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Alan Rusbridger came into my life, as so many people do, because of a book he wrote, Play It Again. In 2013, the book’s publication date, I was aware of the Guardian and Mr. Rusbridger’s role as its editor. But it wasn’t Rusbridger’s day job that captured my imagination. It was the fact that in spite of 24-hour news cycle days, frequent international travel, family, and a lively circle of friends, Rusbridger heeded the call of what he characterized as his creative DNA.

In yielding to the gravitational pull of music, the piano in particular, Rusbridger set himself a daunting goal. Though an accomplished amateur pianist (and clarinetist), Rusbridger decided to climb the Mount Everest of piano literature; to learn Chopin’s Ballade No. 1 in G Minor in a single year.

And it was a once-in-a-lifetime kind of year. Sandwiched between the WikiLeaks news story and the News of the World hacking scandal Rusbridger described the period on his website as, “A defining year in the life of the Guardian and its editor, and one of the most memorable in the history of British journalism.”


This was the landscape in which Rusbridger tried to carve out 20 minutes of daily practice while he searched for, “The right teacher, the right piano, and the right fingering.”

In Play It Again, Rusbridger sought advice from some of the world’s most accomplished concert pianists, Murray Perahia, Emanuel Ax, Daniel Barenboim, and others who shared their insights on music in general and the immense difficulty of playing the ballade in particular. It may have been their professional assessment of the ballade’s terrifying complexity that prompted the book’s subtitle, An Amateur Against the Impossible.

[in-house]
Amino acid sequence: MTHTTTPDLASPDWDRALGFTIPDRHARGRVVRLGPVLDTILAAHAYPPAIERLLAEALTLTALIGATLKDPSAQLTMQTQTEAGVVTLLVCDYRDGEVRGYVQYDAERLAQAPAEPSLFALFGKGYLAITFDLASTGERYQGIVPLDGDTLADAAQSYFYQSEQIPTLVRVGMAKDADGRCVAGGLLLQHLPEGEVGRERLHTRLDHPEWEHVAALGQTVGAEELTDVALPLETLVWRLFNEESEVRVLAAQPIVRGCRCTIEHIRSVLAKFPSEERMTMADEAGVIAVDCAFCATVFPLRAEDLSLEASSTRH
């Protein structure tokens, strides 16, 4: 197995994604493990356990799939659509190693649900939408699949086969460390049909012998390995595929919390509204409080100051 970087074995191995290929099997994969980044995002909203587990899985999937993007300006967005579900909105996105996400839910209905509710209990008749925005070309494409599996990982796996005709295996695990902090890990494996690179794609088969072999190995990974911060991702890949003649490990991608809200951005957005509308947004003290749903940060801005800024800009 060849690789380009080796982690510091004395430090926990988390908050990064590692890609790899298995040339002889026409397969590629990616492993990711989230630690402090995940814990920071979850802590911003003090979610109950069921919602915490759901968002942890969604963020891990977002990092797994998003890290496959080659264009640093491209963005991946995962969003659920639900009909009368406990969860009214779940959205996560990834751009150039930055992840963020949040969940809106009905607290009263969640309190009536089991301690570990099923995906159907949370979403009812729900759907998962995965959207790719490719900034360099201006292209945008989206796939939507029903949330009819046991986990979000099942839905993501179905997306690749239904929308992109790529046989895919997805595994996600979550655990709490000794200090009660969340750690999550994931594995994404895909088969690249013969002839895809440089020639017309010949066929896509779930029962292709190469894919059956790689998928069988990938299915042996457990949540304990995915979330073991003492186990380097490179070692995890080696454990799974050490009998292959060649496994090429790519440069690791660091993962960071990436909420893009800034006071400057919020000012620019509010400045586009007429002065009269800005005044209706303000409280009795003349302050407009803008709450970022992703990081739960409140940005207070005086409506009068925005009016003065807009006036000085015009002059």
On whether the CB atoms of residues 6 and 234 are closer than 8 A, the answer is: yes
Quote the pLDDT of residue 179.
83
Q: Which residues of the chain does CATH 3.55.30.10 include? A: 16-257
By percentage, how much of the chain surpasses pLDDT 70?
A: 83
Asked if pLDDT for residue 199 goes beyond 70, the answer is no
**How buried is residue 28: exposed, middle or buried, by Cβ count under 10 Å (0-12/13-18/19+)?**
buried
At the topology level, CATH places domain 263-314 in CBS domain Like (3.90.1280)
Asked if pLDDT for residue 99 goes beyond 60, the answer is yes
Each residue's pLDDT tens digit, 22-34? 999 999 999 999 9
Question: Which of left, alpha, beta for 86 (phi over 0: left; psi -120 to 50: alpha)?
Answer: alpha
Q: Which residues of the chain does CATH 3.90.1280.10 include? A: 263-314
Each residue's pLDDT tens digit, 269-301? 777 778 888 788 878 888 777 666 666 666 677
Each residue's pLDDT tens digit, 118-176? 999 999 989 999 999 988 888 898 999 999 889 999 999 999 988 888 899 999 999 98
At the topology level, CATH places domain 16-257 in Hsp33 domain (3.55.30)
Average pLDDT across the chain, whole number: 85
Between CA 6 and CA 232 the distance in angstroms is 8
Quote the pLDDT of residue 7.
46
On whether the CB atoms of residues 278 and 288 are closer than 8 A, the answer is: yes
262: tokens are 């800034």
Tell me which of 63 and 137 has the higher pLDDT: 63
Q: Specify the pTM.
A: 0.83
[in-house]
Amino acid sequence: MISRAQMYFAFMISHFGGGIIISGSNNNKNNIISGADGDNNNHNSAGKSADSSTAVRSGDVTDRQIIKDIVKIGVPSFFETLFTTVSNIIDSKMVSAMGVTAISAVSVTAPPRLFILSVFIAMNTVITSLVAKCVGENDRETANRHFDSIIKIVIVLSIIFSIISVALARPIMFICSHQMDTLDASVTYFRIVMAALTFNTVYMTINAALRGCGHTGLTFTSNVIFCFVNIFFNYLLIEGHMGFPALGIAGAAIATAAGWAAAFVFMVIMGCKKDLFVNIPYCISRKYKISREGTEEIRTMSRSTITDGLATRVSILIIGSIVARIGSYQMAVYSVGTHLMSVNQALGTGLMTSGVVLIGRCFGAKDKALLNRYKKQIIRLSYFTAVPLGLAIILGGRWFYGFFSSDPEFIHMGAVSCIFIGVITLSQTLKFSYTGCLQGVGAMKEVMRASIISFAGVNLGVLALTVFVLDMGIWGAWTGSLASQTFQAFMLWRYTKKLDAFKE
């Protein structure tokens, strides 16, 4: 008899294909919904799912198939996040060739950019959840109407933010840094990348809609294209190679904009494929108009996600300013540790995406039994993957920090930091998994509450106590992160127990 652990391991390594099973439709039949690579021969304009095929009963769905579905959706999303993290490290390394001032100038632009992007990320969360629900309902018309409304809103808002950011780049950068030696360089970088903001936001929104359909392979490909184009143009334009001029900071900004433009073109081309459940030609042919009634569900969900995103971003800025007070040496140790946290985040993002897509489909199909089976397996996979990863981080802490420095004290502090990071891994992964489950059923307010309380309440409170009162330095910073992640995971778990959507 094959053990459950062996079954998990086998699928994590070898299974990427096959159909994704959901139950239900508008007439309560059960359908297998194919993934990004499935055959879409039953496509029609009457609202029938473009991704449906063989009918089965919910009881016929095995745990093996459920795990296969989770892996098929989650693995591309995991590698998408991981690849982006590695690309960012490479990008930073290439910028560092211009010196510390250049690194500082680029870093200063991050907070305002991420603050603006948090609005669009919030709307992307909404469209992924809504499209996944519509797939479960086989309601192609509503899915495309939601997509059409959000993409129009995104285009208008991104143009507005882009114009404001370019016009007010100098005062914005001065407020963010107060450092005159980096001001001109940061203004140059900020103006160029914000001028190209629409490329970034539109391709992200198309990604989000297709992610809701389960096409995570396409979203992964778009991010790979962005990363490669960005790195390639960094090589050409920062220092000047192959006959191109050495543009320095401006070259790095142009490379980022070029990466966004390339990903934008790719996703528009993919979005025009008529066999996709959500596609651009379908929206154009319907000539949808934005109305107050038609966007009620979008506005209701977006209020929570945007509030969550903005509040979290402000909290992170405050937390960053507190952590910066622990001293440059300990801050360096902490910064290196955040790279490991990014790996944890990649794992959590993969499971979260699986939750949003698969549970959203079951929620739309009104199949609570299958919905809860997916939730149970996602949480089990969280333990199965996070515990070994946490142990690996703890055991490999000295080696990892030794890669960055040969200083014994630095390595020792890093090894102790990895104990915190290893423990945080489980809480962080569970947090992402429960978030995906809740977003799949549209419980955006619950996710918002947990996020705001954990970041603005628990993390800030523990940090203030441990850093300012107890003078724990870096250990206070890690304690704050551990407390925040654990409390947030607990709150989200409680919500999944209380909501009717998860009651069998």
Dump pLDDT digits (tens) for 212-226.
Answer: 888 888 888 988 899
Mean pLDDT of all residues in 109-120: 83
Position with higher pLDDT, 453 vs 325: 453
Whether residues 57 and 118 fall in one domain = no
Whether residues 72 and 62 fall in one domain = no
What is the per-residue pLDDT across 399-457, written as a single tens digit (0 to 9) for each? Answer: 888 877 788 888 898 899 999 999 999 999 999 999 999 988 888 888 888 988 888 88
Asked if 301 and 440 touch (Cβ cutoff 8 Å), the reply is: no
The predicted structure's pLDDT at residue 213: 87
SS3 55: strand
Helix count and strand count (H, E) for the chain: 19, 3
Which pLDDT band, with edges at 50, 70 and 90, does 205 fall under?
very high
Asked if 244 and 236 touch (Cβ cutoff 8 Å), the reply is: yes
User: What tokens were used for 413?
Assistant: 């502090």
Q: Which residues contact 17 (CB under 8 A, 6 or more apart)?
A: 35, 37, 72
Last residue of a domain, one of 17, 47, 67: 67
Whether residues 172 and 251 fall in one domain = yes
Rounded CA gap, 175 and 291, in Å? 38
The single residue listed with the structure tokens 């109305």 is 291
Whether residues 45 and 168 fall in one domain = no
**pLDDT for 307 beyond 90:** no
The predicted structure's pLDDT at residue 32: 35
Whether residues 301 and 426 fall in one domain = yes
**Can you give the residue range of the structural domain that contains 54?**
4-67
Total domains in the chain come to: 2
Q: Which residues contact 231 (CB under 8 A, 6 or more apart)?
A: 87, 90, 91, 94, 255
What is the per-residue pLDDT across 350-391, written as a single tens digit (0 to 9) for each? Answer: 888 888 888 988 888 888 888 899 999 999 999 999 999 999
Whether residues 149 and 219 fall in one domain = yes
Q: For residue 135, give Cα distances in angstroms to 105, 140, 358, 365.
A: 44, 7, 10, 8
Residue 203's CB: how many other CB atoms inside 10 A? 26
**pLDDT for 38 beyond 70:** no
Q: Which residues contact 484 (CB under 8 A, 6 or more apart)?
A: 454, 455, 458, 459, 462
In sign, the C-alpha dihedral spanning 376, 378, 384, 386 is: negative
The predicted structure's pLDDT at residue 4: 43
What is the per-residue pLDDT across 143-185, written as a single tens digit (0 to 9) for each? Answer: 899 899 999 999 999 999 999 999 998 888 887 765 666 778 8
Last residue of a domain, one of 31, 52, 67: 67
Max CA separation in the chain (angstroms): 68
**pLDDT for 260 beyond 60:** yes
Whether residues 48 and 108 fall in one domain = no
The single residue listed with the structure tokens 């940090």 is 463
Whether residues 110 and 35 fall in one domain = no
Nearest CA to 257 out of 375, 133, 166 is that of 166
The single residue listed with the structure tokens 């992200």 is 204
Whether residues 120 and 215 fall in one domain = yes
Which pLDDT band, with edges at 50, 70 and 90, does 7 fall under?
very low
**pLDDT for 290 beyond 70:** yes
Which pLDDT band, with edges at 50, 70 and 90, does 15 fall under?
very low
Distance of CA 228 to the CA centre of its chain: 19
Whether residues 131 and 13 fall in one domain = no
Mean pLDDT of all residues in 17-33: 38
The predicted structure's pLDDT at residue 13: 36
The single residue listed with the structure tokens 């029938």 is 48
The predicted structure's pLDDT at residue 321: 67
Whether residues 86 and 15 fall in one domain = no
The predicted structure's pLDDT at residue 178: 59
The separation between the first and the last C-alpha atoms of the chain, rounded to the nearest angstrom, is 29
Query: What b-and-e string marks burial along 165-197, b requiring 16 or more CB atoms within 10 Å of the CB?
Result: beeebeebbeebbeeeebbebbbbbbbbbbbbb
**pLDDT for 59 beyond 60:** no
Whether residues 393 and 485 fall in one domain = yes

This memoir of an extraordinary year includes conversations with music theorists, a neurologist on music and its effect on the brain, and a group of passionate amateur pianists on why music matters.

You’ll have to read the book to find out if Rusbridger was able to master the ballade in time for his public recital. Or you can listen to the Conversations podcast if I am lucky enough to have Mr. Rusbridger as a guest on the show.


1.     How did you pull it off? Are you a time lord who conjured up extra hours, hop-skipping from one dimension to another?

2.     What motivated and sustained you on this seemingly impossible quest?

3.     In what ways did this musical journey change your life?

4.     What impossible thing is he currently working on?

5.     Why 20-minutes a day?

6.     What practical advice can he give the rest of us to help us act on our own creative quests?

The back-flap copy on the book entices the reader with the question, “What will you do with your 20-minutes a day?” My answer was to get to work on a podcast that I’ve been thinking about and wanting to do for years. What will you do with your 20-minutes? I’d love to know.